Clinton, S.C., Saturday, July 20, 2013, 12:38 p.m.
I really enjoy watching golf’s major championships, and I truly couldn’t care less about any of the other tournaments.
I watch like Angel Cabrera plays.
Perhaps it’s because I don’t play the game anymore, having discarded the clubs in the garage, now heavily coated by dust, shortly after the moment I started getting the hang of the guitar.
I’m nothing special on guitar, but compared to my golf resume, I’m Jimi Chet Paul Willie Vaughan Clapton.
Do players experience these epic collapses in the Lunesta Pure Michigan Classic by Lifebuoy? If so, they seldom weep over it.
What is the net? No, not the Internet. The net effect of the Internet. The net of the Net.
When I sit in front of the TV with my aging iPhone – an iPhone is, of course, ancient at six months – I scroll up and down. I tweet on Twitter and post on Facebook. I google. Occasionally, I lean back and shout “Yahoo!” at the ceiling.
What if I was doing something else? There is a flip side.
I read a lot of worthwhile articles. I don’t have to look for them very hard. I’m often looking up actors – Dana Andrews, for instance, or Victor McLaglen, or Doris Day – while I watch old movies. Watching the British Open, I dialed up Old Tom Morris, Young Tom Morris and One and Only Tom Weiskopf.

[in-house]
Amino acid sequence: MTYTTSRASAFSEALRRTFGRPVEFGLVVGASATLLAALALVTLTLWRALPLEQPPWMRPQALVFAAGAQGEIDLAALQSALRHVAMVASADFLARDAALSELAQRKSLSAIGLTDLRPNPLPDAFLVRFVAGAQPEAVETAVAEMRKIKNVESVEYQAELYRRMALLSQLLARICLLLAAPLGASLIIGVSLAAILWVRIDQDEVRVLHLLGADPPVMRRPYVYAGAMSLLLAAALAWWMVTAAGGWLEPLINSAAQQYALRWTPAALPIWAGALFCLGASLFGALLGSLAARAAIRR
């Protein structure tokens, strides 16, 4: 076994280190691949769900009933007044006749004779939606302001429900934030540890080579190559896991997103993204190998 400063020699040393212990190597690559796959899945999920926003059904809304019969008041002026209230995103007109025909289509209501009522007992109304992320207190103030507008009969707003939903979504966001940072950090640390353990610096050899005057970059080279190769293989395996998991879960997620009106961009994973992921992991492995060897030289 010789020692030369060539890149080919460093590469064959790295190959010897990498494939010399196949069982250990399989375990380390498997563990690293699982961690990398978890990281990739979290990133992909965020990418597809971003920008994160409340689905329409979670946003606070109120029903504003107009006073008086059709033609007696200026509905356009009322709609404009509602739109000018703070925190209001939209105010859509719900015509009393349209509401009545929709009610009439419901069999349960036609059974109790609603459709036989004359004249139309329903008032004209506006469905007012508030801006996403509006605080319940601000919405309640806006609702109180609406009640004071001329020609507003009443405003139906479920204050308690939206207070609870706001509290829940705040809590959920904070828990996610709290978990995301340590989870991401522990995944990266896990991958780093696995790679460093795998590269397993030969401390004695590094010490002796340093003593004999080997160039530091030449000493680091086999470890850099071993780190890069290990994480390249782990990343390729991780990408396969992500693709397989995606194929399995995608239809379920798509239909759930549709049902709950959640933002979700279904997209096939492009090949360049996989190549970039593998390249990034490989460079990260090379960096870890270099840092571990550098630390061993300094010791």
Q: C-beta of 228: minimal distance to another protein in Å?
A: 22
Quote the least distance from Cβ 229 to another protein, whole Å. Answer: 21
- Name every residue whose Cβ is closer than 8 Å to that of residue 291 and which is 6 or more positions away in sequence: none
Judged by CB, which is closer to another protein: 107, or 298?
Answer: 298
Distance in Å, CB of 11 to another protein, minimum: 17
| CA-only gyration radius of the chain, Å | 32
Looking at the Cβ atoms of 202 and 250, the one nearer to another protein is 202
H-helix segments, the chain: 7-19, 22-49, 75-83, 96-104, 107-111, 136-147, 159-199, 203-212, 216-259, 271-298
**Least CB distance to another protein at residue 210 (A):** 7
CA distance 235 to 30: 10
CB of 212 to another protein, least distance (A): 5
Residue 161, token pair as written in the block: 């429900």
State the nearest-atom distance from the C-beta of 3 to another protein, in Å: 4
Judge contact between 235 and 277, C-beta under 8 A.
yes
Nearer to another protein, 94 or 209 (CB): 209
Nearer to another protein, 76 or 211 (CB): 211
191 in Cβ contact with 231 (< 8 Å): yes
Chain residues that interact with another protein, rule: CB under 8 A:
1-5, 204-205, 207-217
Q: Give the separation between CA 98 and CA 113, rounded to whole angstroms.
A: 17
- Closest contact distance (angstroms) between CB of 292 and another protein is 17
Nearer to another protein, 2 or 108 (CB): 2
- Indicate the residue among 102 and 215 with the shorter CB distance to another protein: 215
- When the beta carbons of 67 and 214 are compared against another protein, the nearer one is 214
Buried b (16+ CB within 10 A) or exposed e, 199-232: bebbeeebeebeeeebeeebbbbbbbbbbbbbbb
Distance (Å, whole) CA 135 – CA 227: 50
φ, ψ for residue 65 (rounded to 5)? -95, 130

Did you know that Young Tom Morris died of a broken heart? After his wife died in childbirth, and the baby, too, Young Tom passed away at age 24 of heart attack. His father – they each won The Open Championship four times – lived to be 86.
Do you care? I didn’t think so. Back before technology deluge, I didn’t, either.
Sometimes blissful ignorance looks pretty good.
I never much cared for the Charlotte Knights’ ballpark, but I got a bit sentimental watching them fall to the Tidewater Tides Friday night. Next year – didn’t it used to be called Knights’ Castle? – the Triple-A affiliate of the Chicago White Sox will play in uptown Charlotte instead of faraway Fort Mill, S.C.
It’s not that Fort Mill is really so far away from Charlotte. It’s just that city people have so much nearby that they become unaccustomed to leaving the city.
The construction of a downtown ballpark has been wonderful for baseball in Greenville, even though they had to squander a Braves Double-A team to get it. The city squabbled about a new park for years, whereupon the Braves bolted for Mississippi, and having been thus humiliated, the politicians actually got it right. The Class A Drive is great for me – I’m a Red Sox fan – but Greenville gave up the gold mine when they let the old G-Braves escape.
Fluor Field is much better than Municipal Stadium, but the drive from Clinton is quite a bit less convenient. The rising BB&T Ballpark will doubtless be much better than the Knights Stadium, but driving all the way into that city will be really cumbersome for me.
Last night I found myself looking around the park, staring at the light standards, noticing the rust showing through the gray paint of the upper deck, thinking, what in the world is going to become of this place?
Ah. Cato distribution center, perhaps.
Take a parking lot and put up a … distribution center. I guess paradise will be uptown now.